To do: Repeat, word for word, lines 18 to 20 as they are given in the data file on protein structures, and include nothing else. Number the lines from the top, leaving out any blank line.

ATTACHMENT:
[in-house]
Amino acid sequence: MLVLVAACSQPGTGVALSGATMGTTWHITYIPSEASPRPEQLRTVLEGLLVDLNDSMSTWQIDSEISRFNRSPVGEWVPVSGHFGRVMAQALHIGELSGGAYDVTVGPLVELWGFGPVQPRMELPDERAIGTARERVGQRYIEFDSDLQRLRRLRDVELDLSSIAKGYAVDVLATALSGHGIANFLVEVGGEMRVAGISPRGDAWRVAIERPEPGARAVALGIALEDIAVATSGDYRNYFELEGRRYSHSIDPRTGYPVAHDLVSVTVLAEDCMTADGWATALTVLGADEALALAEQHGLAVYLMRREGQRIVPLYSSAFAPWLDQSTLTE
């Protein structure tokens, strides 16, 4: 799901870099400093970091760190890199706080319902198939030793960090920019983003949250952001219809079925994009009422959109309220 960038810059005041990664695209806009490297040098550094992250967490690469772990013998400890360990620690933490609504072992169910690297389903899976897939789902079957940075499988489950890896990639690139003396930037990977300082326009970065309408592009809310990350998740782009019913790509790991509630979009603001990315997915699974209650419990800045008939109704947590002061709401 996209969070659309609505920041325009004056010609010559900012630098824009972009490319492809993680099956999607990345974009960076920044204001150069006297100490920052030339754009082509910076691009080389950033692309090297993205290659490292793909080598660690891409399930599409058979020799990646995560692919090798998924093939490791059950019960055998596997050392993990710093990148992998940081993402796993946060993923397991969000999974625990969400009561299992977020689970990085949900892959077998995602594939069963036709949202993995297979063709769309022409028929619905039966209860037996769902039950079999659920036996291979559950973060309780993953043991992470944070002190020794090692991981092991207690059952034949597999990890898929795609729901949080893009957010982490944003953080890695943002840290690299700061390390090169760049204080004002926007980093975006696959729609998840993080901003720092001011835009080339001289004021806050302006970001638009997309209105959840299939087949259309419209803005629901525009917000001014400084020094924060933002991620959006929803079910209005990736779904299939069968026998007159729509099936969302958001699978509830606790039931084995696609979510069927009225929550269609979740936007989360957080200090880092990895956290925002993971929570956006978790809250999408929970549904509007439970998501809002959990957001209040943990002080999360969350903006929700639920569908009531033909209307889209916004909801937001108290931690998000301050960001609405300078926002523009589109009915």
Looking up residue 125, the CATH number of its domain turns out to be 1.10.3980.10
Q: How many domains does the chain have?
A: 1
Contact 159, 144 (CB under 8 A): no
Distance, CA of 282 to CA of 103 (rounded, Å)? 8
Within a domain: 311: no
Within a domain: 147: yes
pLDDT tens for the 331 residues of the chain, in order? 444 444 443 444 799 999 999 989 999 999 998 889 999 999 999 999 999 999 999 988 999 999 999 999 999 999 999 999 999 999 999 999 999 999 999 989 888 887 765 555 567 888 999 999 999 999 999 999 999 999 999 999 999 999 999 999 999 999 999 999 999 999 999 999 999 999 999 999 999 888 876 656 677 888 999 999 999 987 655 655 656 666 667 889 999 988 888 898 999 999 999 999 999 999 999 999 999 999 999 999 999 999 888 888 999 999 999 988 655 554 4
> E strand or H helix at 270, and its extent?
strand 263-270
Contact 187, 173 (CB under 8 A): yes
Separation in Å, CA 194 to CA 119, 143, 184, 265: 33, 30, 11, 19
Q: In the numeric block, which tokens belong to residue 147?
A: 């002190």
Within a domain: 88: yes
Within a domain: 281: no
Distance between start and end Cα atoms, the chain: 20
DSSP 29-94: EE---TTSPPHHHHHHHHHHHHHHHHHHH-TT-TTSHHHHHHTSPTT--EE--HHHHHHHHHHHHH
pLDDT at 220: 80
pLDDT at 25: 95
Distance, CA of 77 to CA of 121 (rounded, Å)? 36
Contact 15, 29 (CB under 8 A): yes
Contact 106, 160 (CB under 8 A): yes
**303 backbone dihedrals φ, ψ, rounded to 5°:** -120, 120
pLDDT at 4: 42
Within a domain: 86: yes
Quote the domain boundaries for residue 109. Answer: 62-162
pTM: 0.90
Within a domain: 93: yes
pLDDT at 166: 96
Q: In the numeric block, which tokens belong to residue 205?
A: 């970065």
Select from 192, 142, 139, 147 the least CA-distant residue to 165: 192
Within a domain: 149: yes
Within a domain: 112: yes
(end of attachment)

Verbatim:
Within a domain: 88: yes
Within a domain: 281: no
Distance between start and end Cα atoms, the chain: 20